Property Price
$
Loan Amount
Max $2,000,000
$
Loan Term
Max 30 years
years
Interest Rate
%
Type of Loan
Pre-Tax Annual Salary
$
Weekly Rental Income
$
Council Rates
$
Water Rates
$
Land Tax
$
Strata Fees
$
Insurance
$
Property Manager Fees
$
Repairs and Maintenance
$
Property Depreciation
$

$0

Your investment property is positively geared as your rental income can cover your expenses. You won’t be able to make any deductions from your taxable income and you’ll be paying $0 more in personal income tax per year.

Summary
Rental Income
$0 / year
Total Expenses
$0 / year
Pre-Tax Cash Flow
$0 / year
Tax Benefit
$0 / year
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What is negative gearing?

Negative gearing, a prominent feature of the Australian taxation landscape and a frequent topic of debate among economic commentators, involves owning an investment property where the rental income does not cover the costs of ownership.

For example, if an investor receives $20,000 in rental income but pays $25,000 in expenses for the property, they incur a $5,000 loss. This loss can be offset against the investor's other taxable income, such as salary or profits from other investments, effectively reducing their taxable income and resulting in tax savings.

Despite seeming unappealing due to the ongoing financial loss, negative gearing can be strategically advantageous. Investors may expect property values to appreciate over time, potentially outweighing the costs and leading to substantial capital gains. The Australian taxation system allows for deductions of various expenses, such as home loan interest, property management fees, repairs, and rates, as well as depreciation on the rental property.

For instance, if Ernie earns $100,000 annually and incurs a $10,000 loss on his investment property, he can reduce his taxable income to $90,000, thereby saving on income tax.

However, there are risks, as negative gearing means continuously losing money and requiring careful budgeting for the shortfall. Nonetheless, the ability to claim tax deductions on these losses and the potential for capital growth are significant benefits that can outweigh the associated financial losses.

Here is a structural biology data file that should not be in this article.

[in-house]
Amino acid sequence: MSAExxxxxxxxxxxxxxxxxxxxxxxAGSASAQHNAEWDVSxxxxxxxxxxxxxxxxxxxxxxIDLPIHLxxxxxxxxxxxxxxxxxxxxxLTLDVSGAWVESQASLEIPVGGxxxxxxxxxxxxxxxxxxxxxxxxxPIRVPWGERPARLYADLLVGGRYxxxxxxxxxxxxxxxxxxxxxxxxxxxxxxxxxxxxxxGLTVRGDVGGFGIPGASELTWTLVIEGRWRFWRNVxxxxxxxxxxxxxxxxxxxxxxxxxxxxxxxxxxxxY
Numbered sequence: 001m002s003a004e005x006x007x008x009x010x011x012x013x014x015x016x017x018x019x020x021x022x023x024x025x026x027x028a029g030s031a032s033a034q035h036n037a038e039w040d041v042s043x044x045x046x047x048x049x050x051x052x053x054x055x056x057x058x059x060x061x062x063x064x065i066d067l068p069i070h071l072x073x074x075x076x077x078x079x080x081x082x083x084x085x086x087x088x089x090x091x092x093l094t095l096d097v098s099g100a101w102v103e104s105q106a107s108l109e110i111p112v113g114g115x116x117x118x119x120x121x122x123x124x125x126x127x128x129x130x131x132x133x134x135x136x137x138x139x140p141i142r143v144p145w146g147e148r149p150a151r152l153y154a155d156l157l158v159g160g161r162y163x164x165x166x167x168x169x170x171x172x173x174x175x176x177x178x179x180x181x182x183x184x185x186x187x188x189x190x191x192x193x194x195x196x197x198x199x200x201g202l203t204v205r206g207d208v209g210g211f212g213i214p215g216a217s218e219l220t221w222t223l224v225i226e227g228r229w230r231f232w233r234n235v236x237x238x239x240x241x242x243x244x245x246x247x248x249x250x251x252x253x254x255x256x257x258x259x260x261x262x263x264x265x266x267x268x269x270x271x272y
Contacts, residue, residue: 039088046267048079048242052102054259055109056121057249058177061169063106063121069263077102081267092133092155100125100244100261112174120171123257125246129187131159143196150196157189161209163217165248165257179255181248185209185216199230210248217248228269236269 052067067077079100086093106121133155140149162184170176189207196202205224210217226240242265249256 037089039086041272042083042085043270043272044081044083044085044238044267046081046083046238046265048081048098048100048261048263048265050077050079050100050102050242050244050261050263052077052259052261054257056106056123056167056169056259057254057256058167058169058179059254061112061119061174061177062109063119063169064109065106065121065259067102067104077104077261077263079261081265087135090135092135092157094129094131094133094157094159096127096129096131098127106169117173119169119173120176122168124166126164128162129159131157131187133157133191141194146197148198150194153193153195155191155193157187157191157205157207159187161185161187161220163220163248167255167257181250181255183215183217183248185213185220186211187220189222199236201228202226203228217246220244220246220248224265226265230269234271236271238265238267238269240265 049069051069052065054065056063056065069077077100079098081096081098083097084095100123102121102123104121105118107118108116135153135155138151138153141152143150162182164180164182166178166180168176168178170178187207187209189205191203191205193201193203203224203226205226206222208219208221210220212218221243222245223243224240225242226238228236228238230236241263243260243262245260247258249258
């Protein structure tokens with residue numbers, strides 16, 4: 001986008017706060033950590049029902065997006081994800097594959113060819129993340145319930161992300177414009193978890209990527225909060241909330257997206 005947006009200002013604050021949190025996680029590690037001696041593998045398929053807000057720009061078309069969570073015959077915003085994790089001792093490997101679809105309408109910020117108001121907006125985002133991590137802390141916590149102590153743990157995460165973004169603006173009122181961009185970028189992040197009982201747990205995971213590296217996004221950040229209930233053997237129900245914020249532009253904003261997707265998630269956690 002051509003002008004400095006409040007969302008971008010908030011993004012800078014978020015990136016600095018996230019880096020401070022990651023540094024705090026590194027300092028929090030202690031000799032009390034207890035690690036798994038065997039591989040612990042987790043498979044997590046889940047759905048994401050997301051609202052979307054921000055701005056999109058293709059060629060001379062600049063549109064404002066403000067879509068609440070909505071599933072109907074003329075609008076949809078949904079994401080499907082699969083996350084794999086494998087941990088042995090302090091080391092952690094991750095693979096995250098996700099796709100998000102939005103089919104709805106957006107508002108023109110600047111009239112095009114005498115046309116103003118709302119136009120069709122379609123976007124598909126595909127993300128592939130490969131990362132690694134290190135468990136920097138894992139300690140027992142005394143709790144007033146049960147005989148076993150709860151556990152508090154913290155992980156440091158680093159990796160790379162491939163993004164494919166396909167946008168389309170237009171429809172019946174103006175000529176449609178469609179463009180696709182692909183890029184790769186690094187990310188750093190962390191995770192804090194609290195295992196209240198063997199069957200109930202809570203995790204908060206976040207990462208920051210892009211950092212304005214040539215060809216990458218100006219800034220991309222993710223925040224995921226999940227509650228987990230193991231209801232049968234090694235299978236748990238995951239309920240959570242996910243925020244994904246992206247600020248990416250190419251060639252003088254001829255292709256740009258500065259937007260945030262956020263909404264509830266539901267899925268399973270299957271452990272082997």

How to calculate the tax implications of your negatively geared property

Calculating the tax implications of a negatively geared property is a complex process involving several steps.

First, you need to tally up all the income and expenses associated with the property. This calculation also depends on your other taxable income, which determines the marginal tax rate applied.

To calculate the impact of negative gearing on your taxable income, sum all eligible expenses incurred in the tax year, subtract any rental income earned, and then deduct the resulting figure from your total taxable income. This adjusted income is then used to assess your tax liability based on your marginal tax rate.

Alternatively, you can use a calculator (such as ours!) to input your income and investment property details, which will automatically compute the tax implications for you.

Benefits of negative gearing

Negative gearing offers several benefits to property investors, primarily through its impact on tax liabilities and potential for long-term financial gains.

Ability to offset rental property losses against other taxable income: This means that if the costs of owning and maintaining a rental property exceed the rental income it generates, the investor can deduct these losses from their overall income, thereby reducing their taxable income. This can result in substantial tax savings, making the financial burden of property ownership more manageable, especially in the early years when rental income might be low, and expenses high.

Potential for capital growth: Property values tend to appreciate over time, and a strategically purchased property in a desirable location can experience significant value increases. Even though the property might be operating at a loss in the short term, the long-term appreciation can more than compensate for these losses. When the property is eventually sold, the capital gains realised can represent a substantial financial return on investment. This potential for capital growth makes negative gearing an attractive strategy for investors who are focused on long-term wealth accumulation.

Flexibility in financial planning: By reducing taxable income through property-related losses, investors can improve their cash flow management and allocate resources more effectively. This can be particularly beneficial for high-income earners who face higher marginal tax rates, as the tax savings from negative gearing can be significant. Additionally, negative gearing can be used in conjunction with other investment strategies to diversify an investor's portfolio, spreading risk across different asset classes while still enjoying the tax benefits associated with property investment.

Opportunities to invest in higher-quality properties: The tax benefits help to offset the costs of owning premium properties, which tend to appreciate more over time and attract higher rental yields. This can lead to a higher overall return on investment, as both the rental income and the capital appreciation are likely to be greater for well-located, high-quality properties.